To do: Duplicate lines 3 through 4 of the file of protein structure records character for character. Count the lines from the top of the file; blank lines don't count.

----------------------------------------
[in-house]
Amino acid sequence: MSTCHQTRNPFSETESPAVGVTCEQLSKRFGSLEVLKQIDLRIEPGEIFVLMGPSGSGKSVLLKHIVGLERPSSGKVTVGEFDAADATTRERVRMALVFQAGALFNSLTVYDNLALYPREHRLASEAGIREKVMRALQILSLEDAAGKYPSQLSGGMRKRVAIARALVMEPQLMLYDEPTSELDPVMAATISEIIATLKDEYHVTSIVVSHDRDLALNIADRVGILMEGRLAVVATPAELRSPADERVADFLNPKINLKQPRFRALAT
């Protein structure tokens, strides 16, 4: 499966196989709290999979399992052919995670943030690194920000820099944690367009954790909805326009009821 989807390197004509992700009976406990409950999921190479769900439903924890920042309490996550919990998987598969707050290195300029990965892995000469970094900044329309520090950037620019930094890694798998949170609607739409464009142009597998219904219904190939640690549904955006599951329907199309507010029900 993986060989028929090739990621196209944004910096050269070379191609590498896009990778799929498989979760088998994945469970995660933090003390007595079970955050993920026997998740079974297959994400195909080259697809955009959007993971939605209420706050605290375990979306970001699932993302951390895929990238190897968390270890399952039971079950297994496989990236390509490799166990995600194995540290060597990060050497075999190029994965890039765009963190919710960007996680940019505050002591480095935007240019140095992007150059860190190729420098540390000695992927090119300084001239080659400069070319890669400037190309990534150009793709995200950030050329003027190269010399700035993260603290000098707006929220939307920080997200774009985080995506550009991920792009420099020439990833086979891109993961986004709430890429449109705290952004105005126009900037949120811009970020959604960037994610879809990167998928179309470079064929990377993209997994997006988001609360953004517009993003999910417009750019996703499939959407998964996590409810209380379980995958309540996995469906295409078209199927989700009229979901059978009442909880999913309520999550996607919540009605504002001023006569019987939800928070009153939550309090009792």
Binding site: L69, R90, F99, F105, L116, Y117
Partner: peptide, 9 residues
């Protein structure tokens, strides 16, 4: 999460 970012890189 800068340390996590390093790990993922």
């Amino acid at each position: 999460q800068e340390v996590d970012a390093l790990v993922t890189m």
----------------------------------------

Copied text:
């Protein structure tokens, strides 16, 4: 499966196989709290999979399992052919995670943030690194920000820099944690367009954790909805326009009821 989807390197004509992700009976406990409950999921190479769900439903924890920042309490996550919990998987598969707050290195300029990965892995000469970094900044329309520090950037620019930094890694798998949170609607739409464009142009597998219904219904190939640690549904955006599951329907199309507010029900 993986060989028929090739990621196209944004910096050269070379191609590498896009990778799929498989979760088998994945469970995660933090003390007595079970955050993920026997998740079974297959994400195909080259697809955009959007993971939605209420706050605290375990979306970001699932993302951390895929990238190897968390270890399952039971079950297994496989990236390509490799166990995600194995540290060597990060050497075999190029994965890039765009963190919710960007996680940019505050002591480095935007240019140095992007150059860190190729420098540390000695992927090119300084001239080659400069070319890669400037190309990534150009793709995200950030050329003027190269010399700035993260603290000098707006929220939307920080997200774009985080995506550009991920792009420099020439990833086979891109993961986004709430890429449109705290952004105005126009900037949120811009970020959604960037994610879809990167998928179309470079064929990377993209997994997006988001609360953004517009993003999910417009750019996703499939959407998964996590409810209380379980995958309540996995469906295409078209199927989700009229979901059978009442909880999913309520999550996607919540009605504002001023006569019987939800928070009153939550309090009792």
Binding site: L69, R90, F99, F105, L116, Y117